A former colleague of mine, William Davis, understands what a “web first” workflow is, and has made it happen through software at his newspaper in Maine. The Bangor Daily News announced this week that it completed its full transition to open source blogging software, WordPress. And get this: The workflow integrates seamlessly with InDesign, meaning the paper now has one content management system for both its web and print operations. And if you’re auspicious enough, you can do it too — he’s open-sourced all the code!
The video embedded above is a screencast from Davis, which outlines the new editorial workflow.
A truly web-first workflow
- Reporters and editors compose all stories in Google Docs. Using labels and native commenting, the stories get sent through the editing process.
- When a story is ready to publish, it gets sent from Google Docs to WordPress with one click.
- In WordPress, editors can publish the story to the web, then set up a print headline and print subhead.
- The story then appears in inDesign, where print designers can lay out the print newspaper.
“WordPress drives both our website and our print edition — you can’t put an article into the print edition of the paper unless it’s been put into WordPress,” Davis, the online editor of The Bangor Daily News, said.
No more copying and pasting, hallelujah!
Prior to implementing the new system, The BDN was using an ATEX system called Dewarview for print and a proprietary Web CMS called Creative Circle.
“We would have to copy and paste from Dewarview to Creative Circle, and our bureau reporters didn’t have access to Dewarview so they would have to e-mail their stories in,” Davis said of the clunky, disconnected workflow.
It’s basically free
Rather than having to pay a licensing fee to a company that runs your content management system, what The BDN has set up is essentially free to run. Of course, there were upfront costs involved with paying freelancers to help write the plugins, and each month the website has to pay hosting fees, but the rest of the tools they use are free for everyone. WordPress is open source software that anyone can download and use. Google Docs is also a free product if your organization is small enough.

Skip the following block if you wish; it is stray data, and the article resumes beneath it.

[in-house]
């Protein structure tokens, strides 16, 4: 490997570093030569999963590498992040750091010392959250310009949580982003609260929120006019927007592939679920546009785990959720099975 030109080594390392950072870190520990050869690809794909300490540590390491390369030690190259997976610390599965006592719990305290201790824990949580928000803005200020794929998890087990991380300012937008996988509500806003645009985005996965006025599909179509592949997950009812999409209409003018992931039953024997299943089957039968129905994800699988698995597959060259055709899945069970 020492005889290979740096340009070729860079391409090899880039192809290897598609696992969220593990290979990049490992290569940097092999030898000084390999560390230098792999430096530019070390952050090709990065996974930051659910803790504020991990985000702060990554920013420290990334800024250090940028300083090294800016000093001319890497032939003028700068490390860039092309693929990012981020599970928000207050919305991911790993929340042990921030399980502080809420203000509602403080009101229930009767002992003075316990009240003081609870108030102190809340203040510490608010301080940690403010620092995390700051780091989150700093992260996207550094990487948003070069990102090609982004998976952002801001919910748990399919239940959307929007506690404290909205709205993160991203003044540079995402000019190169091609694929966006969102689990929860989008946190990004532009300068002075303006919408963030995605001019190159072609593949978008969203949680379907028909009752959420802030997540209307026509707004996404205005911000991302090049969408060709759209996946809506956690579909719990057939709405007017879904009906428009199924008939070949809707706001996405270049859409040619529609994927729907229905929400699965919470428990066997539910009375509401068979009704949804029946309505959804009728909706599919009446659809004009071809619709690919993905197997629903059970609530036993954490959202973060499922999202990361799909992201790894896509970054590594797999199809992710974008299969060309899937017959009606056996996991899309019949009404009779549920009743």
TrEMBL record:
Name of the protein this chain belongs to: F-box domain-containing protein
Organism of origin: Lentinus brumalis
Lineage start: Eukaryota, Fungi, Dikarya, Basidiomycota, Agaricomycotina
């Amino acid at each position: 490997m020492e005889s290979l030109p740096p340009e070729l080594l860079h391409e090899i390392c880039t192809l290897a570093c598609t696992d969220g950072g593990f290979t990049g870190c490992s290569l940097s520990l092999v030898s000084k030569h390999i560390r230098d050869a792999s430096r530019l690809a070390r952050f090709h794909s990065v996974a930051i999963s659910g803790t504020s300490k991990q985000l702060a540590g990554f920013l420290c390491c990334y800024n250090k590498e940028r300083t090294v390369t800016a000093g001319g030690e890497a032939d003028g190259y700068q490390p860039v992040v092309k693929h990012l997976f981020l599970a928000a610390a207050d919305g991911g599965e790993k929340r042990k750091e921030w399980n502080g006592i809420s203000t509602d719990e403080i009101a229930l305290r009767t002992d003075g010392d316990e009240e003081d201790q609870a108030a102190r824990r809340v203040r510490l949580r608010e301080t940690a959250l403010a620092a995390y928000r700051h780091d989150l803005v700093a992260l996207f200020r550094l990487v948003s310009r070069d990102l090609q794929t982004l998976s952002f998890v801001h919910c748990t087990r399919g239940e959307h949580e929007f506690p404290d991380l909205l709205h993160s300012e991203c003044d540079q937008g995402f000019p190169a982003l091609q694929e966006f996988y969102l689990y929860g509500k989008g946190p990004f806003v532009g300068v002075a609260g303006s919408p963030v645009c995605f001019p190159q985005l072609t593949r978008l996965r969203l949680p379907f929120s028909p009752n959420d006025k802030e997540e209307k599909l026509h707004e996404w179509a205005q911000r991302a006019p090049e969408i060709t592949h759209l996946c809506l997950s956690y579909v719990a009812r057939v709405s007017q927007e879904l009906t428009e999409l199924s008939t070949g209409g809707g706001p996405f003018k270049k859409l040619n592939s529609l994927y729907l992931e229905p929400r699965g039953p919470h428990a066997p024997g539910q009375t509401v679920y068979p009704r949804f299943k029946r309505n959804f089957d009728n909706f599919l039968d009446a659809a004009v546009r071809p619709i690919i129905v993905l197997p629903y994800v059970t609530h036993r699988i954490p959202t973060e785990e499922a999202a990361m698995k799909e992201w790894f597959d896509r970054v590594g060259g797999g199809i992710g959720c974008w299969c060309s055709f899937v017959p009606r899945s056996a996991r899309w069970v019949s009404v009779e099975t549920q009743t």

You can do it, too!
The beauty of open source is that everyone can contribute freely to the source code, making it that much more stronger and useful. Because Davis understands this, he’s open-sourced all of the software he used to build the new system and documented most of the other processes involved (like transferring archives, for example). The only real hurdle goes beyond technology — you’ll have to get your whole newsroom to adopt the process.
“A lot of what took us so long to roll this out has been because of the complexity of the site, not the complexity of the setup. We started using the system in September and slowly moved over desks until they were all on Google Docs,” Davis said. “What was really time-consuming was rebuilding our site, which is incredibly expansive and has a lot of moving parts. We’re open-sourcing most of our work, so I really think it’d be pretty simple for another paper to adopt the same workflow.”
Davis said that for him, adoption was mostly pain-free.
“The reporters here understand what we’re trying to do and why it’s important to get the news out as quickly as possible,” he said.
Ready to get started?
If you want to take a stab at your own similar setup, here’s the baseline set of plugins to install:
- The Zoninator, which allows you to order content on your website by hand instead of chronologically.
- Edit Flow, which allows you to manage your workflow within WordPress through custom roles, statuses, and a ton of other features.
- Co-Authors Plus, which allows you to set multiple authors per post.
- Media Credit, which allows you to natively set the credit for images, instead of including the information in cutlines.
- CP Redirect, which allows you to remap URLs from your old site.
- XML import, for importing your archives into WordPress.
- Docs to WordPress, which allows you to send your Google Docs to WordPress.
Correction: An earlier version of this post said that advertising was integrated into the web system. In fact, that process is still in the works.
Full disclosure: As I mentioned at the start of this post, William Davis is a former colleague of mine from CoPress, where we worked together virtually in college to help transition college newspapers to open source software.